To support their claim to knowledge and their recommended course of action, each member of the group must rely on their unique experience of the event – which as we have seen is conditioned by their unique history and intent. So how might someone adopting one of the four worldviews see the project? Someone taking the formist approach might suggest a comparison between the project and an idealised model such as the one described in the Project Management Body of Knowledge (PMBOK) and point to gaps as the cause for failure. Someone taking the mechanist approach might suggest that the way the project was initiated determined its fate – ‘tell me how a project started, and I will tell you how it finished.’ The person taking the organicist perspective might consider looking at how the project evolved through its lifecycle and whether principles of project management such as those described in the PRINCE2 framework were followed. Someone taking the contextualist perspective might suggest that even if the structural factors and the principles were in place, the success or failure of the project can only be explained by the circumstances in which it was conceived, initiated and implemented. This is not to suggest that that contextualist worldview is superior to the others but rather that each should all be used as appropriate for the situation.

All of this is known and part of the practitioner and scholarly discourse in management. But the typical manager is probably most comfortable with the formist approach. A few might take the mechanist, cause-effect perspective. Fewer would have the background and knowledge to adopt the organicist approach and those that understand the contextualist perspective are likely to be quite rare. Given that organisations are complicated and complex, and involve human beings, restricting oneself to the formist, mechanist or organicist approaches would result in an incomplete picture. It is possible then that this is one of the reasons why we find it so difficult to implement sustainable organisational change.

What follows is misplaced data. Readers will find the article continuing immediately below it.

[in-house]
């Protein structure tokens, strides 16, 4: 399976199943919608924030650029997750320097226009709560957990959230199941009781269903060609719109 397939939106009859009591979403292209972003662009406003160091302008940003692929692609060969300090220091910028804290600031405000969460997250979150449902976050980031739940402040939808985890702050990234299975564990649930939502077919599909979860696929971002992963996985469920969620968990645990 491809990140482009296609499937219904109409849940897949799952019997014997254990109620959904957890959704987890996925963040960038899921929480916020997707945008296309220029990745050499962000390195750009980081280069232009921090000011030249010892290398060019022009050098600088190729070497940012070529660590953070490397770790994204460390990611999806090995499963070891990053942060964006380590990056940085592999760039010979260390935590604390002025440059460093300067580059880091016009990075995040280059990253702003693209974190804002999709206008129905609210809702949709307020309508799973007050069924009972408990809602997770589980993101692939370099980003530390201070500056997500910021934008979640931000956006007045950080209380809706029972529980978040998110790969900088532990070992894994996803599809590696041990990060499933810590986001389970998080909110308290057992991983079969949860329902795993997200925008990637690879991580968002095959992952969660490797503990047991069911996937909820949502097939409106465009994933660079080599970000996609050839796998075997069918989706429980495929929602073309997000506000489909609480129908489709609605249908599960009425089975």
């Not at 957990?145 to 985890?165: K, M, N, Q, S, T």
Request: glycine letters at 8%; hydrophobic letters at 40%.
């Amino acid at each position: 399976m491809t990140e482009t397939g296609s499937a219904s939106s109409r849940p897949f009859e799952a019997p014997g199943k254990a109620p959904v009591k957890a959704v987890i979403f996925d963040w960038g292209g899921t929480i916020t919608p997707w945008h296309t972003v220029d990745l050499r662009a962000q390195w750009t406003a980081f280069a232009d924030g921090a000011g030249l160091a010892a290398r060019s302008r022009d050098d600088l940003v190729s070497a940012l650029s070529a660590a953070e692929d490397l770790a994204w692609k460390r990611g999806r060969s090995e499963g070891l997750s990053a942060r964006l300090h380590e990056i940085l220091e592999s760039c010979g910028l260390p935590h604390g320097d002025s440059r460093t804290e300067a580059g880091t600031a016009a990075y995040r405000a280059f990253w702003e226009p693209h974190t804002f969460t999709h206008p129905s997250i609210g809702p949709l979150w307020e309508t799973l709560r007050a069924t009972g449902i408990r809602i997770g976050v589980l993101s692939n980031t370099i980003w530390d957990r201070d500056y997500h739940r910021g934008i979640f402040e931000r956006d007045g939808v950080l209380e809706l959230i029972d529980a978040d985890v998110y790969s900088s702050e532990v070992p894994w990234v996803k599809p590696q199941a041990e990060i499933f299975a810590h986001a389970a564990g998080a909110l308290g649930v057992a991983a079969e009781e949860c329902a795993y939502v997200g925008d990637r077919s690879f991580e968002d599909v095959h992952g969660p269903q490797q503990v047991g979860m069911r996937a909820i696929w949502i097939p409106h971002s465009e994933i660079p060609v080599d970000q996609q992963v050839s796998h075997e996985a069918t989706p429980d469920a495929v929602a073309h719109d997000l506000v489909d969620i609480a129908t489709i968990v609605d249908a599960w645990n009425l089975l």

As an interesting aside, the contextualist view has implications for the gold standard for scientific validity, the ability to replicate a result in a different, but identical, environment. What we look for in science are general principles: the more widely applicable, the better. In the organisational context replication is possible only under very controlled conditions, which means any conclusions from such an analysis would at best be valid only in a limited range of situations. Given this perspective, it would be useful to reflect on the likelihood of sustained improvement from the transfer of best practice from one organisation to another!

So, if knowledge is incomplete in the absence of a full understanding of its context, is it all possible to explore organisational phenomena in order to develop conclusions that meet the scientific requirements of validity and explanatory power or range? In the next post we will look at one aspect of strategic alignment, the alignment of strategy, as the basis for understanding how we can answer this question.

If you are interested in learning more about organisational alignment, how misalignment can arise and what you can do about it join the community. Along the way, I’ll share some tools and frameworks that might help you improve alignment in your organisation.